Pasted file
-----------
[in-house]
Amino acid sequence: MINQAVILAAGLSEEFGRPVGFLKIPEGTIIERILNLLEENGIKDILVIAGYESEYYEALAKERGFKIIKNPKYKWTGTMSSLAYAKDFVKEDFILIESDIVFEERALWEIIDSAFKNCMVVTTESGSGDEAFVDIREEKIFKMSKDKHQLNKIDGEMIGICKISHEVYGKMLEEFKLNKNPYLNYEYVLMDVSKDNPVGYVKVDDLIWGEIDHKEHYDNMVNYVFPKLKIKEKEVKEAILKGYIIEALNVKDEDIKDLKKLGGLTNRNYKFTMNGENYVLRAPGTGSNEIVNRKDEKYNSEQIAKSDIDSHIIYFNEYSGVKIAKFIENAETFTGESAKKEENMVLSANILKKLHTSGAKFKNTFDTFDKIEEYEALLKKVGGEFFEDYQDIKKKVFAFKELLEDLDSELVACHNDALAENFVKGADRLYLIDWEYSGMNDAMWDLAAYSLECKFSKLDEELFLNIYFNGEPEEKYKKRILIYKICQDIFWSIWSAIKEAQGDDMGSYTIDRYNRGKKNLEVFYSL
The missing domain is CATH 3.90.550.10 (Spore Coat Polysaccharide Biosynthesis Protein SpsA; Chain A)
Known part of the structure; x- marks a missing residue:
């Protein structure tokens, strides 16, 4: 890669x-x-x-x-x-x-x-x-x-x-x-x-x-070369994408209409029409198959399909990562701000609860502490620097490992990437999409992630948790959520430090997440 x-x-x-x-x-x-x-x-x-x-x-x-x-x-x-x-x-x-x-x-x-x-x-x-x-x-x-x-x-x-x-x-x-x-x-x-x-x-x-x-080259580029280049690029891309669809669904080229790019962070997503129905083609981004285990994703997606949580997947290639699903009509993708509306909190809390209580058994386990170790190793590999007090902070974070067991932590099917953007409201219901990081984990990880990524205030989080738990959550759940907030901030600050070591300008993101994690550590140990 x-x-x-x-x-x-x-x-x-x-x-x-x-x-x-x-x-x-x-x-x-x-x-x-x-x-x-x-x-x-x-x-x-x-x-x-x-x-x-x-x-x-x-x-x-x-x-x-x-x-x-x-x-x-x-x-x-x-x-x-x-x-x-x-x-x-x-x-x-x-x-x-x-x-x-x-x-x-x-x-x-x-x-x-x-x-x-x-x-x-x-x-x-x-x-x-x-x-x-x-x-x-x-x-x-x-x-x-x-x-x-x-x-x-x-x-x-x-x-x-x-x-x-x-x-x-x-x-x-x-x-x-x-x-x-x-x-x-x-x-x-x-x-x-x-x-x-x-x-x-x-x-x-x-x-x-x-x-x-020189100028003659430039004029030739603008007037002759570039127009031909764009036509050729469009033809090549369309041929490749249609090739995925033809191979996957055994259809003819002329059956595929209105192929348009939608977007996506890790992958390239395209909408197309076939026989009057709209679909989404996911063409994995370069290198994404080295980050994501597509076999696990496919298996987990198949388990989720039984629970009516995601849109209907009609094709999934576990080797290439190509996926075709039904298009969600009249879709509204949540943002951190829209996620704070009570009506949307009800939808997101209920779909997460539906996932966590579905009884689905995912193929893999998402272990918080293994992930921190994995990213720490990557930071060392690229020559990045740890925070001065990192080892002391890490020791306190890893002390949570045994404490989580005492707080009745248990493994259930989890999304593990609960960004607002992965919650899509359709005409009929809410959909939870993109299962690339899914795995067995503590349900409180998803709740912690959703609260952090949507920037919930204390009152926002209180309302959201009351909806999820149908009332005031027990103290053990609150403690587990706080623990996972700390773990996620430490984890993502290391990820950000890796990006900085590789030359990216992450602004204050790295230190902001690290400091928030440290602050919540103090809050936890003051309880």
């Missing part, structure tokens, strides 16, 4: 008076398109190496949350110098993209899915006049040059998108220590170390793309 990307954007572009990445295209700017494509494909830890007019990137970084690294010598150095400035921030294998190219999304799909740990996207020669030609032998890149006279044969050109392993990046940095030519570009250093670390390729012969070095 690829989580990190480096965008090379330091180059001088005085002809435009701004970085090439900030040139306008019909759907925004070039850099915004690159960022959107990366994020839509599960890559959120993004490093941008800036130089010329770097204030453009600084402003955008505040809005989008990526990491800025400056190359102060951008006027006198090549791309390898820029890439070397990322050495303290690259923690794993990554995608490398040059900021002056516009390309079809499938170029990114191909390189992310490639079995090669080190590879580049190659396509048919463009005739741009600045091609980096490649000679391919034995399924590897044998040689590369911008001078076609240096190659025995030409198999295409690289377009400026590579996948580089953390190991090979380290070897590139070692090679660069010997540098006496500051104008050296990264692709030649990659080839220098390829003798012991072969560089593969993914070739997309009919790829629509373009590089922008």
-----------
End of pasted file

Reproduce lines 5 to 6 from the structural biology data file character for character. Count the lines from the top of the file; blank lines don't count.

């Protein structure tokens, strides 16, 4: 890669x-x-x-x-x-x-x-x-x-x-x-x-x-070369994408209409029409198959399909990562701000609860502490620097490992990437999409992630948790959520430090997440 x-x-x-x-x-x-x-x-x-x-x-x-x-x-x-x-x-x-x-x-x-x-x-x-x-x-x-x-x-x-x-x-x-x-x-x-x-x-x-x-080259580029280049690029891309669809669904080229790019962070997503129905083609981004285990994703997606949580997947290639699903009509993708509306909190809390209580058994386990170790190793590999007090902070974070067991932590099917953007409201219901990081984990990880990524205030989080738990959550759940907030901030600050070591300008993101994690550590140990 x-x-x-x-x-x-x-x-x-x-x-x-x-x-x-x-x-x-x-x-x-x-x-x-x-x-x-x-x-x-x-x-x-x-x-x-x-x-x-x-x-x-x-x-x-x-x-x-x-x-x-x-x-x-x-x-x-x-x-x-x-x-x-x-x-x-x-x-x-x-x-x-x-x-x-x-x-x-x-x-x-x-x-x-x-x-x-x-x-x-x-x-x-x-x-x-x-x-x-x-x-x-x-x-x-x-x-x-x-x-x-x-x-x-x-x-x-x-x-x-x-x-x-x-x-x-x-x-x-x-x-x-x-x-x-x-x-x-x-x-x-x-x-x-x-x-x-x-x-x-x-x-x-x-x-x-x-x-x-020189100028003659430039004029030739603008007037002759570039127009031909764009036509050729469009033809090549369309041929490749249609090739995925033809191979996957055994259809003819002329059956595929209105192929348009939608977007996506890790992958390239395209909408197309076939026989009057709209679909989404996911063409994995370069290198994404080295980050994501597509076999696990496919298996987990198949388990989720039984629970009516995601849109209907009609094709999934576990080797290439190509996926075709039904298009969600009249879709509204949540943002951190829209996620704070009570009506949307009800939808997101209920779909997460539906996932966590579905009884689905995912193929893999998402272990918080293994992930921190994995990213720490990557930071060392690229020559990045740890925070001065990192080892002391890490020791306190890893002390949570045994404490989580005492707080009745248990493994259930989890999304593990609960960004607002992965919650899509359709005409009929809410959909939870993109299962690339899914795995067995503590349900409180998803709740912690959703609260952090949507920037919930204390009152926002209180309302959201009351909806999820149908009332005031027990103290053990609150403690587990706080623990996972700390773990996620430490984890993502290391990820950000890796990006900085590789030359990216992450602004204050790295230190902001690290400091928030440290602050919540103090809050936890003051309880």
């Missing part, structure tokens, strides 16, 4: 008076398109190496949350110098993209899915006049040059998108220590170390793309 990307954007572009990445295209700017494509494909830890007019990137970084690294010598150095400035921030294998190219999304799909740990996207020669030609032998890149006279044969050109392993990046940095030519570009250093670390390729012969070095 690829989580990190480096965008090379330091180059001088005085002809435009701004970085090439900030040139306008019909759907925004070039850099915004690159960022959107990366994020839509599960890559959120993004490093941008800036130089010329770097204030453009600084402003955008505040809005989008990526990491800025400056190359102060951008006027006198090549791309390898820029890439070397990322050495303290690259923690794993990554995608490398040059900021002056516009390309079809499938170029990114191909390189992310490639079995090669080190590879580049190659396509048919463009005739741009600045091609980096490649000679391919034995399924590897044998040689590369911008001078076609240096190659025995030409198999295409690289377009400026590579996948580089953390190991090979380290070897590139070692090679660069010997540098006496500051104008050296990264692709030649990659080839220098390829003798012991072969560089593969993914070739997309009919790829629509373009590089922008």